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Birds in the Autumn Garden

John Knight

Many species of birds can be encouraged to visit the garden throughout the year, especially if you can provide the basics of life: food, water and shelter.

Water is easily provided, but sometimes we resort to artificial feeding to keep birds visiting our own patch. This practice can cause problems. Some birds become aggressively territorial, keeping many of the smaller birds from visiting. Some which are notorious for this behaviour include wattlebirds, magpies, currawongs and noisy miners. While the pleasure derived from watching a passing parade of colourful birds at a feeder is immense, we must resist putting out artificial food sources on a regular basis, lest the birds become dependent upon it. There is evidence also that by not varying their food intake, many species become less able to resist disease.

Little Wattlebird

It is possible, however, to have many visitors to your garden if you provide variety in your plantings. There is always a tendency to choose plants with the biggest, brightest flowers, or with some other attribute which we find attractive. Not often do we consider first, the needs of our avian visitors. Consideration should be given to the structure of any plantings, ensuring that protective cover is provided. This can be achieved by planting closely with ground covers and grasses, a variety of shrub sizes, and small trees. In this way birds can be encouraged first by perching high to observe their new territory, and feel secure as they move through the layers to their favoured food source.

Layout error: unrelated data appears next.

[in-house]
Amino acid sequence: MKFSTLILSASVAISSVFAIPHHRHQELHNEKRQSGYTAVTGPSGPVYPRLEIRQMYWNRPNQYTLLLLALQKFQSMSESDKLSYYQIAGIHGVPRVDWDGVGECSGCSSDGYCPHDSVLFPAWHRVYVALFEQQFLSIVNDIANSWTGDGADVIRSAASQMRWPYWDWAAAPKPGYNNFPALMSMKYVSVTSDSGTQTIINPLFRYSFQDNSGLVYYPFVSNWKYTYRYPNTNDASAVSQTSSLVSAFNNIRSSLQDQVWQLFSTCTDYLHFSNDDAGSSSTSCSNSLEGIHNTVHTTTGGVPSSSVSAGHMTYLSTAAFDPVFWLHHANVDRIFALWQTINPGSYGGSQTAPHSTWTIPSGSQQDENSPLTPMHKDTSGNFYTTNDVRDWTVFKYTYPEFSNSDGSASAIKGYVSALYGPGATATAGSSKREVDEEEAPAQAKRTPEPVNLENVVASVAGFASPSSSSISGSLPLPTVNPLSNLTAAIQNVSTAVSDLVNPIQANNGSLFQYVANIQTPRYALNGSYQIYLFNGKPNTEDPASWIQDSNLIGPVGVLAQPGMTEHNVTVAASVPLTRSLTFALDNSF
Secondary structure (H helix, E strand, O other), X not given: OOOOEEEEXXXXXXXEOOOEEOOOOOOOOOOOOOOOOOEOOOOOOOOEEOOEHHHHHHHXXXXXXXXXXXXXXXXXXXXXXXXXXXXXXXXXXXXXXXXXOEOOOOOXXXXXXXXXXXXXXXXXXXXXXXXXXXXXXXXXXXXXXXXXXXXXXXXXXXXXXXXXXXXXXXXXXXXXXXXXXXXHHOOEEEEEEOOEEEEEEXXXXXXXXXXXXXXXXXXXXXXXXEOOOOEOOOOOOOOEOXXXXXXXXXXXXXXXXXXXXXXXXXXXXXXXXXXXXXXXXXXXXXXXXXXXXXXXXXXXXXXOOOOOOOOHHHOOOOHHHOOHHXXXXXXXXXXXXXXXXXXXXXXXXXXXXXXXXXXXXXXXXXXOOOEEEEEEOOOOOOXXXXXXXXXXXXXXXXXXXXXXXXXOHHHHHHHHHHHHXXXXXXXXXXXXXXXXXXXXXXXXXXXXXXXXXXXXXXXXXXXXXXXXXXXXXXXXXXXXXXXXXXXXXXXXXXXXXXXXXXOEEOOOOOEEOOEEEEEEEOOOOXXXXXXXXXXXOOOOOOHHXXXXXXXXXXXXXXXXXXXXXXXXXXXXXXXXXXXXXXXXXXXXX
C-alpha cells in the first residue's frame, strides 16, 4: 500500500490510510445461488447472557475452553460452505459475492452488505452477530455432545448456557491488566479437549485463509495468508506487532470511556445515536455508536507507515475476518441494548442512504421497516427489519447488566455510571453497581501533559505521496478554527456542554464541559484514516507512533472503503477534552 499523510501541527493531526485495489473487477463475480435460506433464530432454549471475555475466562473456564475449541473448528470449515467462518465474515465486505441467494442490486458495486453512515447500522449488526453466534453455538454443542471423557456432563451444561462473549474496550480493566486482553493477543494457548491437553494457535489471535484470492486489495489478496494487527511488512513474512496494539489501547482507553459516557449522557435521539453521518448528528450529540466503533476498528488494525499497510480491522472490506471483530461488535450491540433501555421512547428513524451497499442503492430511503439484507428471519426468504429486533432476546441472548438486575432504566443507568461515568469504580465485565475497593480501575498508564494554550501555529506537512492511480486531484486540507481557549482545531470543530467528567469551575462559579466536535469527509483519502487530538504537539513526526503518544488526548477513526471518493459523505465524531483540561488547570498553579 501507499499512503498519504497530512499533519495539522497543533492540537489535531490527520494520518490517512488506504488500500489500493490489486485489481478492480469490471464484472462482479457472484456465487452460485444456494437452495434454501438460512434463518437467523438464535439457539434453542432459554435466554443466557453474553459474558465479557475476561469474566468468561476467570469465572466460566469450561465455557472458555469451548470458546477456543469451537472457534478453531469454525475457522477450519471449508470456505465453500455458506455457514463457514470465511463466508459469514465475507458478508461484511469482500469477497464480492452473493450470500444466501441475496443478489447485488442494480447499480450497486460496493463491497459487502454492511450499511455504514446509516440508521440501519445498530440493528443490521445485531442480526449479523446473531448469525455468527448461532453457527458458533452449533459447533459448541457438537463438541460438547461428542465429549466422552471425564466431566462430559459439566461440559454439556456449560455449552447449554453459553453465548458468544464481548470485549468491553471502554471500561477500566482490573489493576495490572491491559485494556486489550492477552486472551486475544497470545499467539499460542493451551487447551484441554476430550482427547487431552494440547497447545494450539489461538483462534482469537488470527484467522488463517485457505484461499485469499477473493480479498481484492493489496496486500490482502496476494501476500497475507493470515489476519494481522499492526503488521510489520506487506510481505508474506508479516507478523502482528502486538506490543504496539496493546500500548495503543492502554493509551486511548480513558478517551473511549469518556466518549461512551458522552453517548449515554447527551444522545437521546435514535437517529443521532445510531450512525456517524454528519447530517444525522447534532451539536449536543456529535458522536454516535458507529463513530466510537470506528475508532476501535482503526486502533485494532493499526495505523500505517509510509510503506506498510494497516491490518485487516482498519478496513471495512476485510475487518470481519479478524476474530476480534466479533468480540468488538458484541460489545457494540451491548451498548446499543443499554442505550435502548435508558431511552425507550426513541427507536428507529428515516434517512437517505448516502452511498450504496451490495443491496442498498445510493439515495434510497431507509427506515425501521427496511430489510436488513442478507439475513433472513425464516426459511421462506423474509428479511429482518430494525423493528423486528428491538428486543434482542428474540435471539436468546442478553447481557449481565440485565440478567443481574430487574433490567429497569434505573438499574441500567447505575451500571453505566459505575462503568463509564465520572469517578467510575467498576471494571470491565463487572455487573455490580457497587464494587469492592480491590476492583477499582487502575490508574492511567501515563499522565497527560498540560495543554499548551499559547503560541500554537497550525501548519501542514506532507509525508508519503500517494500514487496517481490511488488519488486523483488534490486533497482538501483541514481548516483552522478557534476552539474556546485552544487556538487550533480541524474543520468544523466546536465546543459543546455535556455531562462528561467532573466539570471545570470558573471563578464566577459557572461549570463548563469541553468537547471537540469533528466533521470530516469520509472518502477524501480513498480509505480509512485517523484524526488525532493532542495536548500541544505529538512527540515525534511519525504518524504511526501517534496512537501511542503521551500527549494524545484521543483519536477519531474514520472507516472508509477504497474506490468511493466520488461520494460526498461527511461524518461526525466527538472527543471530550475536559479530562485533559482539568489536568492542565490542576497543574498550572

A variety of closely planted shrubs, even away from the surrounding tree line can provide close observation of honeyeaters, finches and wrens. As these birds become confident that humans are not a threat, they tend to feed freely in more open shrubs, allowing us even better views. Birds and other wildlife give "life" to a garden, that essential element often missing in tidy, ordered exotic gardens.

Little Wattlebird

Some of the most important plants are the native grasses. These provide food for seed eating birds, and food for insects, which in turn provide food for other birds. Grasses are also important for building nests. Many grasses flower through summer. and provide a much needed source of food during late summer and autumn. as the seeds ripen. Important species. suitable for any garden. include the tussock forming plants such as Themeda australis, Kangaroo Grass. This plant is usually dormant during cool months, and begins to grow and flower late in spring, and continues to flower through to autumn, providing a reliable source of seed for birds such as Crimson Rosellas and King Parrots. These birds are also fond of Danthonia species as well as Microlaena stipoides and Entolasia stricta, particularly if these are allowed to grow uncut to maturity. Smaller birds such as finches and silvereyes also delight in feeding from these grasses, providing constant opportunities to observe them closely.

Crimson Rosella

Sedges are often overlooked when choosing plants for gardens. they do however flower and seed over a long period and many birds, both small and large, can be found enjoying the nutlike fruits. While most Gahnia species are considered too large, and due to sharp edges to their leaves, too dangerous for home gardens, they are none the less important for many seed eating birds. If you have a pond or wet area in your garden. the strong lines of Gahnia. planted behind or adjacent to the water will offer safe refuge to smaller birds, encouraging them to come to drink and bathe Other sedges include Lepidosperma species and Cyathochaeta diandra for drier sites, with Carex species and Restio tetraphyllus for damp sites adding interest around a pond.